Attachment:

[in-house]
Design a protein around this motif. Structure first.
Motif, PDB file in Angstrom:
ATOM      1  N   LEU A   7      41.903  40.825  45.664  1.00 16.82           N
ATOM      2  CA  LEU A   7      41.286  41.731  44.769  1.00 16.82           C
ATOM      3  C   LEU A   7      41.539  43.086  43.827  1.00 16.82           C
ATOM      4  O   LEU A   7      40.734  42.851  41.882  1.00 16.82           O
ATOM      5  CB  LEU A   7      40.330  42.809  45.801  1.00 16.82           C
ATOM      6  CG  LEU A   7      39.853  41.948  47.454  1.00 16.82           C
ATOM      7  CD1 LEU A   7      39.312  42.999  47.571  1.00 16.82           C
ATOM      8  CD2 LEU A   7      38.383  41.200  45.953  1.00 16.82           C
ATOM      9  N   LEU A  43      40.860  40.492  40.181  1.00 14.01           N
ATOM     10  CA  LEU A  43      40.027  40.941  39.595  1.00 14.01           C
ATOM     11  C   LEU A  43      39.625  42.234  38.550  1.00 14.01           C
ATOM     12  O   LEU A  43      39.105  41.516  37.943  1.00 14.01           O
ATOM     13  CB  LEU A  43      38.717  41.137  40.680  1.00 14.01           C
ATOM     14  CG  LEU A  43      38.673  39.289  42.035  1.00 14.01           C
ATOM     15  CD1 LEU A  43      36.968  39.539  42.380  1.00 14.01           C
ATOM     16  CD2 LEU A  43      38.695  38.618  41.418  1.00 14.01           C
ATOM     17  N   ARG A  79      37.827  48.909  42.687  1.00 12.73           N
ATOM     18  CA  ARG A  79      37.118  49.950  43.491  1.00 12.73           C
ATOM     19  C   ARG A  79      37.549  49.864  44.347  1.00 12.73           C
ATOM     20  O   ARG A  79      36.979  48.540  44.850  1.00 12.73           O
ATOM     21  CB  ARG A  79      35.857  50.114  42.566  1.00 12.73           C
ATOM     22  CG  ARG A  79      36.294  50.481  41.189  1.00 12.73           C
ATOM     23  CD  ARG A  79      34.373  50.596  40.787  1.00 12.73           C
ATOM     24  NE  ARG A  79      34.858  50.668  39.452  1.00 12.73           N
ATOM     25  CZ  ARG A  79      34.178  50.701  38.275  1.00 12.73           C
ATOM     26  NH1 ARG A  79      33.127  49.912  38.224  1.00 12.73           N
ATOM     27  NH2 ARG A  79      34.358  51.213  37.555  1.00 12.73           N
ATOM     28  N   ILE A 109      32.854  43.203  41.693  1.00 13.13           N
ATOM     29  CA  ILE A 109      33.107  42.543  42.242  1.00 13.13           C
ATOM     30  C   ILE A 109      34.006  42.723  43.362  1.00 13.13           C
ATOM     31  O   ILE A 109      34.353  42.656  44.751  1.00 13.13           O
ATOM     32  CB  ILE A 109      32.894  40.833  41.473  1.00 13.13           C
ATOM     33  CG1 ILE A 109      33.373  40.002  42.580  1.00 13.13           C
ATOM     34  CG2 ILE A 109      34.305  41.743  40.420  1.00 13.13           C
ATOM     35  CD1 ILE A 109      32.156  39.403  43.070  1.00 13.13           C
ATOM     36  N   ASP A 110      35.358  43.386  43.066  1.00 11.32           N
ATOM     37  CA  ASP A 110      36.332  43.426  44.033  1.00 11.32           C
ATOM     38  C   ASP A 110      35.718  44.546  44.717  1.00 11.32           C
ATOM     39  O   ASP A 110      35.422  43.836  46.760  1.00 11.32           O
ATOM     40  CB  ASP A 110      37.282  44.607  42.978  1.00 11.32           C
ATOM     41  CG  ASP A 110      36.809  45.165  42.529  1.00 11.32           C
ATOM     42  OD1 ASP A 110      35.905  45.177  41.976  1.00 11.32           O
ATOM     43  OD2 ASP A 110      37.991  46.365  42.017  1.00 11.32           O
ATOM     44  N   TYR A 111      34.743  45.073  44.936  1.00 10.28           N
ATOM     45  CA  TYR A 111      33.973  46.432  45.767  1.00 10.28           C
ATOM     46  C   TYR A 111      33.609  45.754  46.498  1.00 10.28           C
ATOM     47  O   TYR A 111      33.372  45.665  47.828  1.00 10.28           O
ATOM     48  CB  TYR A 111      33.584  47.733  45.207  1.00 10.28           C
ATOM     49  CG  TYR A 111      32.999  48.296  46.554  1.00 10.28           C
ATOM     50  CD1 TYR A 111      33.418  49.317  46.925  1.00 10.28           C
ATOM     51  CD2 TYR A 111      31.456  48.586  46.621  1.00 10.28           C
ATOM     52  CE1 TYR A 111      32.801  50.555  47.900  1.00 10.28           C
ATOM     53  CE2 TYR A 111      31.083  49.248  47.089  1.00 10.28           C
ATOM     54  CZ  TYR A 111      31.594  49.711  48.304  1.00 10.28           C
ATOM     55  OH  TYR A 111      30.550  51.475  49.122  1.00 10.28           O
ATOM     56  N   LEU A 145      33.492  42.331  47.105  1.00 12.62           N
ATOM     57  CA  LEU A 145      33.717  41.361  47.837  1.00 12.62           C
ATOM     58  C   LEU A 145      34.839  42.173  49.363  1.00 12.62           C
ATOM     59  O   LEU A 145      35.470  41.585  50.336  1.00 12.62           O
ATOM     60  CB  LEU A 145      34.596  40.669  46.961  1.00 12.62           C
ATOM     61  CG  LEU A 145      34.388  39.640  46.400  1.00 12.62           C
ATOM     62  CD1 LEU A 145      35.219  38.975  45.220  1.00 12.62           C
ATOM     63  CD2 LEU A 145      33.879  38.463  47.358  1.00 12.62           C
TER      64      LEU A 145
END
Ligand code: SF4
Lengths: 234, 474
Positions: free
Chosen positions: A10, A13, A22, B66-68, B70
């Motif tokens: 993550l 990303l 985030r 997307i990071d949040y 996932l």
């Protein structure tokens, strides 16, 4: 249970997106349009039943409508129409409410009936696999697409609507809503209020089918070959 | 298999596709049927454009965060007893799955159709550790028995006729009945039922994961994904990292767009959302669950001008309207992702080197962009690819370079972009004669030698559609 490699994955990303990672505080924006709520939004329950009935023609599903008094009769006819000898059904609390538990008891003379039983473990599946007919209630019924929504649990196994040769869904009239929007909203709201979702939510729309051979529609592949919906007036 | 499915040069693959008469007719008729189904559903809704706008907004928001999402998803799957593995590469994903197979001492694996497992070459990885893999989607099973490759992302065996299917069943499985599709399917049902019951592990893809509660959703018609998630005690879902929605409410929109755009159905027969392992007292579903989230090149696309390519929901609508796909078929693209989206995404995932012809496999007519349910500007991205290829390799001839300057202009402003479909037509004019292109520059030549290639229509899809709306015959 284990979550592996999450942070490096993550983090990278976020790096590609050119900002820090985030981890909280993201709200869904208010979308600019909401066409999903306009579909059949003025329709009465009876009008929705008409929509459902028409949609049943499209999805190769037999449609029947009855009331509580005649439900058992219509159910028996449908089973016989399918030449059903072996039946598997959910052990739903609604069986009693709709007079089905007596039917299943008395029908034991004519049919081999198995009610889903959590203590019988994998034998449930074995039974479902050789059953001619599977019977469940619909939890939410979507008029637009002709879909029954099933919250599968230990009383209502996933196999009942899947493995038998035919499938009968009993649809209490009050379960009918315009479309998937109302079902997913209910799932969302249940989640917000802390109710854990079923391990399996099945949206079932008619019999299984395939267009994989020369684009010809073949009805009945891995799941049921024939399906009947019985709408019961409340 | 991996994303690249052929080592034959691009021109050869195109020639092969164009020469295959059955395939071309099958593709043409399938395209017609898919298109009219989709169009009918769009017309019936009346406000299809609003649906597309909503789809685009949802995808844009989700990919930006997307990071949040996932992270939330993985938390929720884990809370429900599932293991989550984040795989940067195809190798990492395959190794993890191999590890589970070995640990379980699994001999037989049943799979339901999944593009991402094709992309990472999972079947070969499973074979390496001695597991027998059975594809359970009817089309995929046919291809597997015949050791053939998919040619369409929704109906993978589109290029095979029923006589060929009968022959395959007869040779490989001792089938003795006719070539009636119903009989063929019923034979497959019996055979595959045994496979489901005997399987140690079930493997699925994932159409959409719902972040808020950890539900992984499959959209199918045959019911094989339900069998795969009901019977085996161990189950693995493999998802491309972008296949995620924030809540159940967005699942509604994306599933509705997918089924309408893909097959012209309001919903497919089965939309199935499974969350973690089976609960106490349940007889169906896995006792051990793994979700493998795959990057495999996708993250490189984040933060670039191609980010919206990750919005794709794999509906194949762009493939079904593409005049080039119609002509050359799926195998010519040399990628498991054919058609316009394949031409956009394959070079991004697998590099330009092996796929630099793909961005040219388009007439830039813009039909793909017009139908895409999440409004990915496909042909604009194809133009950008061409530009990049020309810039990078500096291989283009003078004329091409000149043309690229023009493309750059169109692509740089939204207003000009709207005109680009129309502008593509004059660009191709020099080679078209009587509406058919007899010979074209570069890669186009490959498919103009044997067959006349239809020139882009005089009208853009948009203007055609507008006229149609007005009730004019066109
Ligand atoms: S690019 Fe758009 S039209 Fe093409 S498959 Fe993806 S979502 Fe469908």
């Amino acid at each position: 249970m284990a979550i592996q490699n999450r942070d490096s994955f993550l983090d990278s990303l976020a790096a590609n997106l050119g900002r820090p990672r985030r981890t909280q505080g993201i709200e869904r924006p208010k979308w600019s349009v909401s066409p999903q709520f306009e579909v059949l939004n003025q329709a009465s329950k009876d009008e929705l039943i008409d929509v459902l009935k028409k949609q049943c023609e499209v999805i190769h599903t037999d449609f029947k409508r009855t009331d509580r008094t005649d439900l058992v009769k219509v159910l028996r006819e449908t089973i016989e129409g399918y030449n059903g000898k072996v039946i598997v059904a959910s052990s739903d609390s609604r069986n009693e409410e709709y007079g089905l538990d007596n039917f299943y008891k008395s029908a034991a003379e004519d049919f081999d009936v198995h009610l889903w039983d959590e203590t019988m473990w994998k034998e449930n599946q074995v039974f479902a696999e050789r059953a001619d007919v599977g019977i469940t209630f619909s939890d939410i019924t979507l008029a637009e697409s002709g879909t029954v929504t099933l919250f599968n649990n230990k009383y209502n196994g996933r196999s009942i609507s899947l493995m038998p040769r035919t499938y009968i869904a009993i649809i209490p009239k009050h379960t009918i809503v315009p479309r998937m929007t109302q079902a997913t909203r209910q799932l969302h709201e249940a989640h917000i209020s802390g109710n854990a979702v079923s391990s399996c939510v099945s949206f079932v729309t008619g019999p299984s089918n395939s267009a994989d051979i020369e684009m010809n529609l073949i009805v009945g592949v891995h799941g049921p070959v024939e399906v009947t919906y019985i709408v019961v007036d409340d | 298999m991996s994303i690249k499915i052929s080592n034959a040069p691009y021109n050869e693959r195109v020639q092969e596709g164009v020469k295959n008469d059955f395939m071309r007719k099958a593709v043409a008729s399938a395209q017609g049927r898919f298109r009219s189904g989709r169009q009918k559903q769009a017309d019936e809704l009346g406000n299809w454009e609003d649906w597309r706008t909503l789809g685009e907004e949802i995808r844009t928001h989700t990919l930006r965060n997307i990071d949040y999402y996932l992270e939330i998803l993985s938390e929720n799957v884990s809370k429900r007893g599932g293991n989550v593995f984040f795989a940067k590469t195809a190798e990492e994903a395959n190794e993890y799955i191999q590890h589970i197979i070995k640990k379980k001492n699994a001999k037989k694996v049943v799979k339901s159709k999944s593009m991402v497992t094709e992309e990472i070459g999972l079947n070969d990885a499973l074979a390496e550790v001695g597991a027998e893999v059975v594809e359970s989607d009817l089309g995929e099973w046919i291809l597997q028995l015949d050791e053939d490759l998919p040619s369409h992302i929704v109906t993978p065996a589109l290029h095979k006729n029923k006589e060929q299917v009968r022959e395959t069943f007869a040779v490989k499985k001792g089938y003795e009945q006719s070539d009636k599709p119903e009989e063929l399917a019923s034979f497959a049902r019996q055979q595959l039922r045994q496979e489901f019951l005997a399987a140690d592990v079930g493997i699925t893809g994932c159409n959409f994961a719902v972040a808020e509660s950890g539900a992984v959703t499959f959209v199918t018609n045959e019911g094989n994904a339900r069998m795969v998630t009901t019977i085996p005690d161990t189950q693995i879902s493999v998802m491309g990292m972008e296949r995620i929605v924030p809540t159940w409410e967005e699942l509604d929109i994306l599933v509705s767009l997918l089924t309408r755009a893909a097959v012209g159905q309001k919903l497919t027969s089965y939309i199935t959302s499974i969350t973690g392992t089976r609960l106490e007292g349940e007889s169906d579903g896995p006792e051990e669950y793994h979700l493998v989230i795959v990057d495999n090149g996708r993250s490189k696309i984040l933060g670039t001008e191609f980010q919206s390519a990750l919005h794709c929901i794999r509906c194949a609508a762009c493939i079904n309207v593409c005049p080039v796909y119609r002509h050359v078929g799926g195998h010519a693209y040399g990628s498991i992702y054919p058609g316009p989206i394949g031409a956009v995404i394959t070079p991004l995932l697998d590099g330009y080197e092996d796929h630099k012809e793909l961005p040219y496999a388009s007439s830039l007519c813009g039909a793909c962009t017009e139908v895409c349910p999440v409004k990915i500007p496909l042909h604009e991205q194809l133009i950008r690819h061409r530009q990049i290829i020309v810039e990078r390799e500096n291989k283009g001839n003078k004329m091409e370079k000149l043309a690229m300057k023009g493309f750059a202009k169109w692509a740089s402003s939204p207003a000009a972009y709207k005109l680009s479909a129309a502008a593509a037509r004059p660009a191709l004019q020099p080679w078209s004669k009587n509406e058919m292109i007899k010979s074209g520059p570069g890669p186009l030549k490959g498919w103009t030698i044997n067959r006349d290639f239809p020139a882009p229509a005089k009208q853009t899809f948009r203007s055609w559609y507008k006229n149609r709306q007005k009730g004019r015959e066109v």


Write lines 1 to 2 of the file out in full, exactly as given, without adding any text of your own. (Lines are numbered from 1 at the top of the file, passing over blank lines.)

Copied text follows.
[in-house]
Design a protein around this motif. Structure first.